Equal Protection of the Laws: America’s 14th Amendment
Shadrinsk Equal Protection of the Laws: America’s 14th Amendment
Now through December 16th, 2016
The Holocaust and Human Rights Center of Maine (HHRC) in partnership with the Kennebec Valley Art Association (KVAA) present “Equal Protection of the Laws”, an exhibition by featuring the work of 17 Maine artists inspired by the rights granted by the 14th Amendment of the US Constitution.
my explanation The exhibit, featuring 36 original works, opens on Thursday, September 22nd and runs through Friday, December 16th at the Michael Klahr Center on campus at the University of Maine at Augusta, 46 University Drive, Augusta, Maine 04330. An opening reception will be held on Thursday, September 22 from 5 to 7 p.m., with a brief program beginning at 5:30pm. Gallery hours are Monday through Friday, 10 a.m. to 4 p.m. daily, or on evenings and weekends by appointment. Several additional programs are being planning in association with the exhibit. The exhibition, opening reception, and other associated programs are free and open to the public.
Thanks to funding support from the Maine Humanities Council (MHC) through their broad and sure foundation program, the exhibit is the result of a call to artists to respond to the important themes of the 14th amendment. The MHC notes, “Passed by Congress 150 years ago (thanks in large part to Maine’s own William Pitt Fessenden), the Fourteenth Amendment laid the groundwork for many of our most valued–and debated–rights. Some of the Supreme Court’s most famous and influential cases have hinged on the justices’ interpretation of the Fourteenth Amendment, such as Plessy v. Ferguson (18 May 1896), Brown v. Board of Education (17 May 1954), Loving v. Virginia (12 Jun 1967), and Obergefell v. Hodges (26 June 2015).”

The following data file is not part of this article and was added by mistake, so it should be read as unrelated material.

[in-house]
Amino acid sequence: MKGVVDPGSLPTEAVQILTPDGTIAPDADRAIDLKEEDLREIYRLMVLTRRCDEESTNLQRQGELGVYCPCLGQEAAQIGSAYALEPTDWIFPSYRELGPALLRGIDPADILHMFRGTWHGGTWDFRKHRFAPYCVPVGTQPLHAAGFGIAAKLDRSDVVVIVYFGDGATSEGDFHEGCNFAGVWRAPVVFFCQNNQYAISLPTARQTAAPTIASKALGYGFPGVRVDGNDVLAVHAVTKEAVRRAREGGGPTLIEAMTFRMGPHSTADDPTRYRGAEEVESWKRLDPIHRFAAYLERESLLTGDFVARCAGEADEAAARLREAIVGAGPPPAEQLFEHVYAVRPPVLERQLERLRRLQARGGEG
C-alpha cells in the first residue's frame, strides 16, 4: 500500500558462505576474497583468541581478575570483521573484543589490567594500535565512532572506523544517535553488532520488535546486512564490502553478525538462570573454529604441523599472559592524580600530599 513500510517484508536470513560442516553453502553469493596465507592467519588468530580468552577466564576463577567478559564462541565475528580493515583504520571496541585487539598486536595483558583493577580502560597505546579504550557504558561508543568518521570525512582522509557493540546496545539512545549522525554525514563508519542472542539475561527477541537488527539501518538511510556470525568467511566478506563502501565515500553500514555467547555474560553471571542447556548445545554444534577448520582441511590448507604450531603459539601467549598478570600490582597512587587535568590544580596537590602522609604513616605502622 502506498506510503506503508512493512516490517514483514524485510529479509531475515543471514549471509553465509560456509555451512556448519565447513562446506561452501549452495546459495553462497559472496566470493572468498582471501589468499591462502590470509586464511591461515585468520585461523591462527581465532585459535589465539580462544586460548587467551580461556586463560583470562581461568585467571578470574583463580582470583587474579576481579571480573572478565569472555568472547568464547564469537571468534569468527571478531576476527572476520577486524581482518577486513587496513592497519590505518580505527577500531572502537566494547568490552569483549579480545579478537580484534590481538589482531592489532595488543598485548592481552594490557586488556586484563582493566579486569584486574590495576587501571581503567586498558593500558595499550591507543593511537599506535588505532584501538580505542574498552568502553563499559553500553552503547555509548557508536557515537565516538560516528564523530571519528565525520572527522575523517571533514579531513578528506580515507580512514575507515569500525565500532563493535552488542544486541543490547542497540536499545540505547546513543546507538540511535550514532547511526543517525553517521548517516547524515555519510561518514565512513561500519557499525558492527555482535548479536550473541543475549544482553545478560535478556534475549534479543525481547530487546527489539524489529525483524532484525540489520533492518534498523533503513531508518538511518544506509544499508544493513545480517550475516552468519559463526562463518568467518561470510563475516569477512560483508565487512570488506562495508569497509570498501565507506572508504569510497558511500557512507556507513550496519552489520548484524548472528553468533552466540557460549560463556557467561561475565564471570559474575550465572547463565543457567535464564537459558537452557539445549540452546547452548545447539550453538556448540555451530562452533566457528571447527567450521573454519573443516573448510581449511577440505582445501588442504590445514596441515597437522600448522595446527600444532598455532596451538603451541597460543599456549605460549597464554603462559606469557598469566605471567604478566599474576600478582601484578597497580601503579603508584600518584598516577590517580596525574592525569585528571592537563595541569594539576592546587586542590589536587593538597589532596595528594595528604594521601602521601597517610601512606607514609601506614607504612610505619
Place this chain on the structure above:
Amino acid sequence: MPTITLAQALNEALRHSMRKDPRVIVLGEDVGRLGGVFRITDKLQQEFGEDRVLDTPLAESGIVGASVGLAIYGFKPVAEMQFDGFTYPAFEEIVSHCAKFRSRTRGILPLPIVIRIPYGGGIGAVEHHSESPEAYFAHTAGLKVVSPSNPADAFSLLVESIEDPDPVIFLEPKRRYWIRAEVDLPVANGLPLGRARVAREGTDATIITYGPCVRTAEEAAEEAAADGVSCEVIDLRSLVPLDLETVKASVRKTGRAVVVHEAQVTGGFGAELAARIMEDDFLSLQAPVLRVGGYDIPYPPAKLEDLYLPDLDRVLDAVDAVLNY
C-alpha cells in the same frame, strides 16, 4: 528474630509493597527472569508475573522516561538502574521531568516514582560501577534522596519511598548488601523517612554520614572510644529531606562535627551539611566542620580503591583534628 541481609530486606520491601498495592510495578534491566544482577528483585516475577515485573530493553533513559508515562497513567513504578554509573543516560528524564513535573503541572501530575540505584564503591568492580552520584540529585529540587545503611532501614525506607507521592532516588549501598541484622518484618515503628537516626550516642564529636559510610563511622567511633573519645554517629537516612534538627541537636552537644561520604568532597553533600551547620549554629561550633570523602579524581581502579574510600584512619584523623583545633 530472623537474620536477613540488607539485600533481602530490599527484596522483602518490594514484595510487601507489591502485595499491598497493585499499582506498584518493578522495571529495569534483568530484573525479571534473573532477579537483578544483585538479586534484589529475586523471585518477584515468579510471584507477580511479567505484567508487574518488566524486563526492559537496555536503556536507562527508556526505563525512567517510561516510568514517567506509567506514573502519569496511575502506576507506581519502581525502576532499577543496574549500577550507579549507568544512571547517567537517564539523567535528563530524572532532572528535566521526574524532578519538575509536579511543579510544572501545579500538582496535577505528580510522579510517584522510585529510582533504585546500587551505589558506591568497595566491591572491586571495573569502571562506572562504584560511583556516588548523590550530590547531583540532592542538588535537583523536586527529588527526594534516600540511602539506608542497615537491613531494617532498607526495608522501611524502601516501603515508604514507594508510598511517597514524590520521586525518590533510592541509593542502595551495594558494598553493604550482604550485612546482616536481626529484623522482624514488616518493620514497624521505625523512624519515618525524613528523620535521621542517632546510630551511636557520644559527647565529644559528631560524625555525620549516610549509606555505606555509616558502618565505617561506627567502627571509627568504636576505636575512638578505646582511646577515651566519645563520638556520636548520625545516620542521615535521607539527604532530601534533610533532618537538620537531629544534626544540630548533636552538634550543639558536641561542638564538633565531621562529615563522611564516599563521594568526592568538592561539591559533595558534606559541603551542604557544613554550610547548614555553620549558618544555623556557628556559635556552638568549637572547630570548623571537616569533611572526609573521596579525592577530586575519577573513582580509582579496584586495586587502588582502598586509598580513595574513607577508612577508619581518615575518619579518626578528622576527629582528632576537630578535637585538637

Themes in the exhibit relate to themes covered by the 14th amendment, including: due process, liberty, gender and sexuality, race, legal protections, equality in the workplace, housing, education, law enforcement, rights of the incarcerated, tolerance, and local, state, and federal representation.
This exhibit and programs are made possible with funds from the Maine Humanities Council, the Holocaust and Human Rights Center exhibit funds, and the University of Maine at Augusta. In addition, the project has received support from the KVAA, the Maine Arts Commission, and several individuals.
The Artists are:
Anthony Austin, Augusta
Bruce Armstrong, Manchester
Nancy Bixler, Hallowell
Jeanne Curran, Bangor
Ramona du Houx, Solon
Claudia Noyes Griffiths, Camden
Jen Hickey, Waterville
Julian Johnson, Texas and Maine
Mimi McCutcheon, Winslow
Allison McKeen, Gardiner
Otty Merrill, Tenants Harbor
Petrea Noyes, Lincolnville
Roland Salazar, Biddeford
Rebecca Spilecki, Wilton
Anne Strout, Falmouth
Mary Becker Weiss, Brunswick
Barbra Whitten, West Rockport